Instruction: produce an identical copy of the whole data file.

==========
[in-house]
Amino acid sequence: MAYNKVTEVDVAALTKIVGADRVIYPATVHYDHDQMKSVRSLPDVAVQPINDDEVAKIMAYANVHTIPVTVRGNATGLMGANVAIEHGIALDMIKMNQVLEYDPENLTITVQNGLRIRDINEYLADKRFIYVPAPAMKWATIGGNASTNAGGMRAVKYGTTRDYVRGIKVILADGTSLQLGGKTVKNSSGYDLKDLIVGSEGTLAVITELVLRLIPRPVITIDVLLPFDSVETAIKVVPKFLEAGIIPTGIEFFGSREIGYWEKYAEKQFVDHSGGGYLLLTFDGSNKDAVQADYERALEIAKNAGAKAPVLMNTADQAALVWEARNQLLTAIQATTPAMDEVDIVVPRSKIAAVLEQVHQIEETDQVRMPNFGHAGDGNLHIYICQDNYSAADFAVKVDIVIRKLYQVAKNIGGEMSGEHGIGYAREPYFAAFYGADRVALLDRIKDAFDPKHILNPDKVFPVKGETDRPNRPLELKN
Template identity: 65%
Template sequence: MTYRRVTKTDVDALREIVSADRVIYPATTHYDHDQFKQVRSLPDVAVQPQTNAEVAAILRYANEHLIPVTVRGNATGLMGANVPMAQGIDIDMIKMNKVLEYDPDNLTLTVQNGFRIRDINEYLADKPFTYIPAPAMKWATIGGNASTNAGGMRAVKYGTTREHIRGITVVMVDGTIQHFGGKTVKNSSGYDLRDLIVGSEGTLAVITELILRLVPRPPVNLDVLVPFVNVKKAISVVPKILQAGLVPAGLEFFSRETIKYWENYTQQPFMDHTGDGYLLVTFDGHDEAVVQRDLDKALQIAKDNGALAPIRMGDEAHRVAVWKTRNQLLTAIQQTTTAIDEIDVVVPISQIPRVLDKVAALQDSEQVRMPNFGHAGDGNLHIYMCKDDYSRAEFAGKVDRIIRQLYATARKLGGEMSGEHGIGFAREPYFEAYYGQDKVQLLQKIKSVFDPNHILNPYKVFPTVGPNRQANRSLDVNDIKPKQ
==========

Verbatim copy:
[in-house]
Amino acid sequence: MAYNKVTEVDVAALTKIVGADRVIYPATVHYDHDQMKSVRSLPDVAVQPINDDEVAKIMAYANVHTIPVTVRGNATGLMGANVAIEHGIALDMIKMNQVLEYDPENLTITVQNGLRIRDINEYLADKRFIYVPAPAMKWATIGGNASTNAGGMRAVKYGTTRDYVRGIKVILADGTSLQLGGKTVKNSSGYDLKDLIVGSEGTLAVITELVLRLIPRPVITIDVLLPFDSVETAIKVVPKFLEAGIIPTGIEFFGSREIGYWEKYAEKQFVDHSGGGYLLLTFDGSNKDAVQADYERALEIAKNAGAKAPVLMNTADQAALVWEARNQLLTAIQATTPAMDEVDIVVPRSKIAAVLEQVHQIEETDQVRMPNFGHAGDGNLHIYICQDNYSAADFAVKVDIVIRKLYQVAKNIGGEMSGEHGIGYAREPYFAAFYGADRVALLDRIKDAFDPKHILNPDKVFPVKGETDRPNRPLELKN
Template identity: 65%
Template sequence: MTYRRVTKTDVDALREIVSADRVIYPATTHYDHDQFKQVRSLPDVAVQPQTNAEVAAILRYANEHLIPVTVRGNATGLMGANVPMAQGIDIDMIKMNKVLEYDPDNLTLTVQNGFRIRDINEYLADKPFTYIPAPAMKWATIGGNASTNAGGMRAVKYGTTREHIRGITVVMVDGTIQHFGGKTVKNSSGYDLRDLIVGSEGTLAVITELILRLVPRPPVNLDVLVPFVNVKKAISVVPKILQAGLVPAGLEFFSRETIKYWENYTQQPFMDHTGDGYLLVTFDGHDEAVVQRDLDKALQIAKDNGALAPIRMGDEAHRVAVWKTRNQLLTAIQQTTTAIDEIDVVVPISQIPRVLDKVAALQDSEQVRMPNFGHAGDGNLHIYMCKDDYSRAEFAGKVDRIIRQLYATARKLGGEMSGEHGIGFAREPYFEAYYGQDKVQLLQKIKSVFDPNHILNPYKVFPTVGPNRQANRSLDVNDIKPKQ